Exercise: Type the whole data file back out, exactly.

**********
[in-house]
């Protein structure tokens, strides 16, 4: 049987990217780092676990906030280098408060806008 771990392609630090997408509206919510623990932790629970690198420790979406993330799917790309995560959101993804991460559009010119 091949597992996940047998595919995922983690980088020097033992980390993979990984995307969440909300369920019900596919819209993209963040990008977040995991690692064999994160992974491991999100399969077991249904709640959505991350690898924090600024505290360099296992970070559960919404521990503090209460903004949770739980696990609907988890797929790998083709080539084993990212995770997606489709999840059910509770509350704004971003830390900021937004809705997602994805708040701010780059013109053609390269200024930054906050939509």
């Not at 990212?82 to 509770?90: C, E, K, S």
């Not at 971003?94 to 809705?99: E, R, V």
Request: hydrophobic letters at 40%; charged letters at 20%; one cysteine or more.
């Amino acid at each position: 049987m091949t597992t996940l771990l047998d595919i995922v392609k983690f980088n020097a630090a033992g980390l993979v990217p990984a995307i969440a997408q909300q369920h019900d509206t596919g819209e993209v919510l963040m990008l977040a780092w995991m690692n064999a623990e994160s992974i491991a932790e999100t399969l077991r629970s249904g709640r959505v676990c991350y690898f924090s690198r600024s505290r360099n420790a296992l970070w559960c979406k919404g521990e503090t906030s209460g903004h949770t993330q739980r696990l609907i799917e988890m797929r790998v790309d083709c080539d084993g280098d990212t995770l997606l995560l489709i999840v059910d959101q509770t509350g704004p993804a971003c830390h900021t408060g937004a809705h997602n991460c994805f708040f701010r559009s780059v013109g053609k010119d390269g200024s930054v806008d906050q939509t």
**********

[in-house]
């Protein structure tokens, strides 16, 4: 049987990217780092676990906030280098408060806008 771990392609630090997408509206919510623990932790629970690198420790979406993330799917790309995560959101993804991460559009010119 091949597992996940047998595919995922983690980088020097033992980390993979990984995307969440909300369920019900596919819209993209963040990008977040995991690692064999994160992974491991999100399969077991249904709640959505991350690898924090600024505290360099296992970070559960919404521990503090209460903004949770739980696990609907988890797929790998083709080539084993990212995770997606489709999840059910509770509350704004971003830390900021937004809705997602994805708040701010780059013109053609390269200024930054906050939509």
């Not at 990212?82 to 509770?90: C, E, K, S």
């Not at 971003?94 to 809705?99: E, R, V």
Request: hydrophobic letters at 40%; charged letters at 20%; one cysteine or more.
């Amino acid at each position: 049987m091949t597992t996940l771990l047998d595919i995922v392609k983690f980088n020097a630090a033992g980390l993979v990217p990984a995307i969440a997408q909300q369920h019900d509206t596919g819209e993209v919510l963040m990008l977040a780092w995991m690692n064999a623990e994160s992974i491991a932790e999100t399969l077991r629970s249904g709640r959505v676990c991350y690898f924090s690198r600024s505290r360099n420790a296992l970070w559960c979406k919404g521990e503090t906030s209460g903004h949770t993330q739980r696990l609907i799917e988890m797929r790998v790309d083709c080539d084993g280098d990212t995770l997606l995560l489709i999840v059910d959101q509770t509350g704004p993804a971003c830390h900021t408060g937004a809705h997602n991460c994805f708040f701010r559009s780059v013109g053609k010119d390269g200024s930054v806008d906050q939509t």